Unintentional Injury Burden in Hong Kong: Results from a Representative Population-Based Survey

Int J Environ Res Public Health. 2021 Aug 21;18(16):8826. doi: 10.3390/ijerph18168826.


Unintentional injuries are major causes of mortality and morbidity. Although generally perceived as accidents, it is possible to identify those at higher risk and implement appropriate prevention measures. This study aims to investigate the common causes of unintentional injuries and their associated risk factors among a large representative sample. Data of 12,022 individuals who completed the Hong Kong Population Health Survey 2014/15 were extracted. The primary outcome was the prevalence of having unintentional injury(-ies) in the previous 12 months that was severe enough to limit daily activities. Multivariable logistic regression analyses were conducted to identify associations between injuries and sociodemographic, clinical and lifestyle factors. 14.5% of respondents reported episode(s) of unintentional injury in the past 12 months in the population level. The main causes of top three most severe unintentional injuries were sprains (24.0%), falls (19.9%) and being hit/struck (19.6%). 13.2% injury episodes were work-related among the most severe episode. Factors independently associated with significantly higher risks of injury included currently employed, homemaker or student, born in Hong Kong (as compared with immigrants), doctor-diagnosed chronic conditions, harmful alcohol consumption, insufficient sleep, and disturbed sleep. To summarize, unintentional injuries are highly prevalent and associated with harmful drinking, insufficient sleep, and disturbed sleep, which are potential modifiable risk factors for prevention.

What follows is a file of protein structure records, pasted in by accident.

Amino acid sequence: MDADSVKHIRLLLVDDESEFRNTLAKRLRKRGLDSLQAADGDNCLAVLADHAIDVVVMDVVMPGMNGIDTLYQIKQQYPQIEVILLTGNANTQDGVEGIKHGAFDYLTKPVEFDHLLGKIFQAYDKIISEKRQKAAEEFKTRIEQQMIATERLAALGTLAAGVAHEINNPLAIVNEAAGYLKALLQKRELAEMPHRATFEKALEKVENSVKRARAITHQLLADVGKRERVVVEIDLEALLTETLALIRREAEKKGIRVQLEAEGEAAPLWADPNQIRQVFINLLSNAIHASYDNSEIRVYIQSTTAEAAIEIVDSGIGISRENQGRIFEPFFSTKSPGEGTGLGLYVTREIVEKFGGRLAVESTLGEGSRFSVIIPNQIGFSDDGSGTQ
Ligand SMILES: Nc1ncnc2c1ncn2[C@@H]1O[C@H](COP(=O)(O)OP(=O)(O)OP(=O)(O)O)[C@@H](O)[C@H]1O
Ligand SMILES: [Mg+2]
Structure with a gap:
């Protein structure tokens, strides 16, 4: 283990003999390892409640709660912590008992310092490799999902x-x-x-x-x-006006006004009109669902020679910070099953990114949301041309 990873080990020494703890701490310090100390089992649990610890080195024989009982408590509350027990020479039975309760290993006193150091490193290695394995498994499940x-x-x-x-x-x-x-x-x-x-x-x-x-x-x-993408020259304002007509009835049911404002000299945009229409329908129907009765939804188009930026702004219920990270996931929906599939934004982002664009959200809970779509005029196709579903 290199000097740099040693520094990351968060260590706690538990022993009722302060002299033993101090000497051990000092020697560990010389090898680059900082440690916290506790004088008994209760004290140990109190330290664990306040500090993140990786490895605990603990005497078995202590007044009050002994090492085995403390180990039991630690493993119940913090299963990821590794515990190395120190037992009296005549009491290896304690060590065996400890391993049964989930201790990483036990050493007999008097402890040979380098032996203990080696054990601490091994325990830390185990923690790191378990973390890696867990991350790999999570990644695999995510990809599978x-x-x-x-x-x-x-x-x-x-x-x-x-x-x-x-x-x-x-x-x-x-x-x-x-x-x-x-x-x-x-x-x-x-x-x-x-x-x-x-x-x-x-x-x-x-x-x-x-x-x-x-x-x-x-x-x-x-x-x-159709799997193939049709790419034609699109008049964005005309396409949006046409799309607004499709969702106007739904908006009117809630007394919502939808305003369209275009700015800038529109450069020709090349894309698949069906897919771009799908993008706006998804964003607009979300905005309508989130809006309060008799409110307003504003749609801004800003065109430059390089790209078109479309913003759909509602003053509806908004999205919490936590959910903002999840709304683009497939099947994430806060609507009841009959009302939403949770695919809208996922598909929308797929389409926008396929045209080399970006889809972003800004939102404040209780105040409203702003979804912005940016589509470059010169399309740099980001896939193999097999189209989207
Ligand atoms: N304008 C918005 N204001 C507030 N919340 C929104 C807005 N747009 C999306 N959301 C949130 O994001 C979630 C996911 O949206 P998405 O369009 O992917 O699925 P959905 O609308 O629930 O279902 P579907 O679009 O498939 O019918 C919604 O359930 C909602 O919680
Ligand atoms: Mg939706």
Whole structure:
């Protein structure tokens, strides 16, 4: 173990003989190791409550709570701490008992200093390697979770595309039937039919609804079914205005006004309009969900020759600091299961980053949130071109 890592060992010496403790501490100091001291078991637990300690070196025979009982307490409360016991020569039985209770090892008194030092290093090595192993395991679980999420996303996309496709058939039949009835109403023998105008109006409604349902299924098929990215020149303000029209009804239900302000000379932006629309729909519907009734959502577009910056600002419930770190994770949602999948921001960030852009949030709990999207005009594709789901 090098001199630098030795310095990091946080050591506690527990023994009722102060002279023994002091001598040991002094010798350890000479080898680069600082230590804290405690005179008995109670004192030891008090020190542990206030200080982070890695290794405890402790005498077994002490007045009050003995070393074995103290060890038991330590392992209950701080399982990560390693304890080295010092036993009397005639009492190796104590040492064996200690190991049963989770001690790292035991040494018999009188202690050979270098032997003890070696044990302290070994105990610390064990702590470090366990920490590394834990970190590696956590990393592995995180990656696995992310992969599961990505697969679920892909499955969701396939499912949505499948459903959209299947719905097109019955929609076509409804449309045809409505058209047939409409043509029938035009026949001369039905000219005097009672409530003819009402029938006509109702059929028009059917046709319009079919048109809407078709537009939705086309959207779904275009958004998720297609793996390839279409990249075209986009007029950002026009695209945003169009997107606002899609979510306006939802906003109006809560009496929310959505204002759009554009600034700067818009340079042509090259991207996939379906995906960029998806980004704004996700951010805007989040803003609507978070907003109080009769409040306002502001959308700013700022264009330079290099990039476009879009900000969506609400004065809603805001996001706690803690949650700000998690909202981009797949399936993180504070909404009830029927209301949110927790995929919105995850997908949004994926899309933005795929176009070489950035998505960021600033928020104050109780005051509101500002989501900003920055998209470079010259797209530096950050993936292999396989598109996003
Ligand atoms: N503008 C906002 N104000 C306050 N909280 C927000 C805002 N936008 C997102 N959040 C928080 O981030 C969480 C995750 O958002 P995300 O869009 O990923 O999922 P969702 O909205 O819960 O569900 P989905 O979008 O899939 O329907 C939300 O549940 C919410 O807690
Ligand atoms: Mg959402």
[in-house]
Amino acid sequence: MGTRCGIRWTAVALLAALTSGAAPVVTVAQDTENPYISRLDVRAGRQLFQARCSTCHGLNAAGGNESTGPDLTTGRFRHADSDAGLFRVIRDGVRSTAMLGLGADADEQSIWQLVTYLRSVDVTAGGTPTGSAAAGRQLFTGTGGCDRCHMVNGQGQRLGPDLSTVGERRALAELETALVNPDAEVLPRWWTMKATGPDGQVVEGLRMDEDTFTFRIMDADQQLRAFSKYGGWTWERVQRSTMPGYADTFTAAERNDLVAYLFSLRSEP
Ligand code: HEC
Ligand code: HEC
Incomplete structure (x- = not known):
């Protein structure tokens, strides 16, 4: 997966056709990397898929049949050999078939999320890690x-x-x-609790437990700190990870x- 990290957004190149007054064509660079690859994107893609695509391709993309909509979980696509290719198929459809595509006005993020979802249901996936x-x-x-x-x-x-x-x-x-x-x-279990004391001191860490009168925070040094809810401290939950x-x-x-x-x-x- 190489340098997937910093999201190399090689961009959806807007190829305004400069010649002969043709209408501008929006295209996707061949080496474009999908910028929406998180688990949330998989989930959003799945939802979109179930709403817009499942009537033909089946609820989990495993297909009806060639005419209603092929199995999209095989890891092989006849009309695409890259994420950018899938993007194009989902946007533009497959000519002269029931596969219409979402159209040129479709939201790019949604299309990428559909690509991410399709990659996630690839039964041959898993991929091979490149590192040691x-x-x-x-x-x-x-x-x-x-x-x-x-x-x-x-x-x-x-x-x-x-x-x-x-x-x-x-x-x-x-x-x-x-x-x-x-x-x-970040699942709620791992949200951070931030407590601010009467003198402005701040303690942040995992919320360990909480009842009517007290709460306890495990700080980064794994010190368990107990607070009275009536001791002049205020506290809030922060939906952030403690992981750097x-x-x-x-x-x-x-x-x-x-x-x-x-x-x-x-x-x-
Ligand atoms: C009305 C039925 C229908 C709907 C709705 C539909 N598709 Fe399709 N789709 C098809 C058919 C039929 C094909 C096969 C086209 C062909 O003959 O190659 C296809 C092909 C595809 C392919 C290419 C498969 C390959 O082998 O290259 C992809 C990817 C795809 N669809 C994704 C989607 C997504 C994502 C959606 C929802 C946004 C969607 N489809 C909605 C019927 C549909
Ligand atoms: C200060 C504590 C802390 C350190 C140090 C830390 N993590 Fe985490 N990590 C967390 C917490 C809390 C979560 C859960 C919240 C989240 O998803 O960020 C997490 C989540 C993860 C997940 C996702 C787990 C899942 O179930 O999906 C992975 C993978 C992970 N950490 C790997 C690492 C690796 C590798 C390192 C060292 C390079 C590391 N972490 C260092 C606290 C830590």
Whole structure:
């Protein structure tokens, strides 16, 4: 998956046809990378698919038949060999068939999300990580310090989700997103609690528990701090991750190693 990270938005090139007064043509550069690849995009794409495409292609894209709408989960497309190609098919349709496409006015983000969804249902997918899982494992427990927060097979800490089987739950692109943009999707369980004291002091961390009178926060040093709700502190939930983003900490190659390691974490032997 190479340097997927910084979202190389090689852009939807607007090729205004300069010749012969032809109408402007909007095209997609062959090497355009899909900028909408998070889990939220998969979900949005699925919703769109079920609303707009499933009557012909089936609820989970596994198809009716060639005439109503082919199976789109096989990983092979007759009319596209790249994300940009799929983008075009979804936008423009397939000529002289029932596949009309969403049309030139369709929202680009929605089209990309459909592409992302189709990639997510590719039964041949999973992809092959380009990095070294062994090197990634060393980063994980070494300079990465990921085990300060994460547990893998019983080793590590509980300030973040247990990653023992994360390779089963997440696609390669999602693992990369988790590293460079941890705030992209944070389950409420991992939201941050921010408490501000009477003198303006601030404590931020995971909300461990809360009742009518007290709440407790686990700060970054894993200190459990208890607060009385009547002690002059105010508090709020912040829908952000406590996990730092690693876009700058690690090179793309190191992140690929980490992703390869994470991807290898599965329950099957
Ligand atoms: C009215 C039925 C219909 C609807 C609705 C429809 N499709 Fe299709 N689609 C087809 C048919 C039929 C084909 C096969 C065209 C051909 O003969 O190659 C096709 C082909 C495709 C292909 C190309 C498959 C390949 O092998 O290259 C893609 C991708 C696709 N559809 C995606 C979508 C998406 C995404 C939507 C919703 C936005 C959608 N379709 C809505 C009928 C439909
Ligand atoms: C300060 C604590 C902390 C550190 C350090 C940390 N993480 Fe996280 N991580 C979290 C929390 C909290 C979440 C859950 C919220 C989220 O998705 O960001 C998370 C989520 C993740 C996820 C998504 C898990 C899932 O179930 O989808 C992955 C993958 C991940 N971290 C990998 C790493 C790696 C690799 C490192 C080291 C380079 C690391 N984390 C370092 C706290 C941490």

Keywords: general population; public health; safety; unintentional injury.

MeSH terms

  • Accidental Falls
  • Accidental Injuries*
  • Hong Kong / epidemiology
  • Humans
  • Risk Factors
  • Students
  • Wounds and Injuries* / epidemiology
  • Wounds and Injuries* / etiology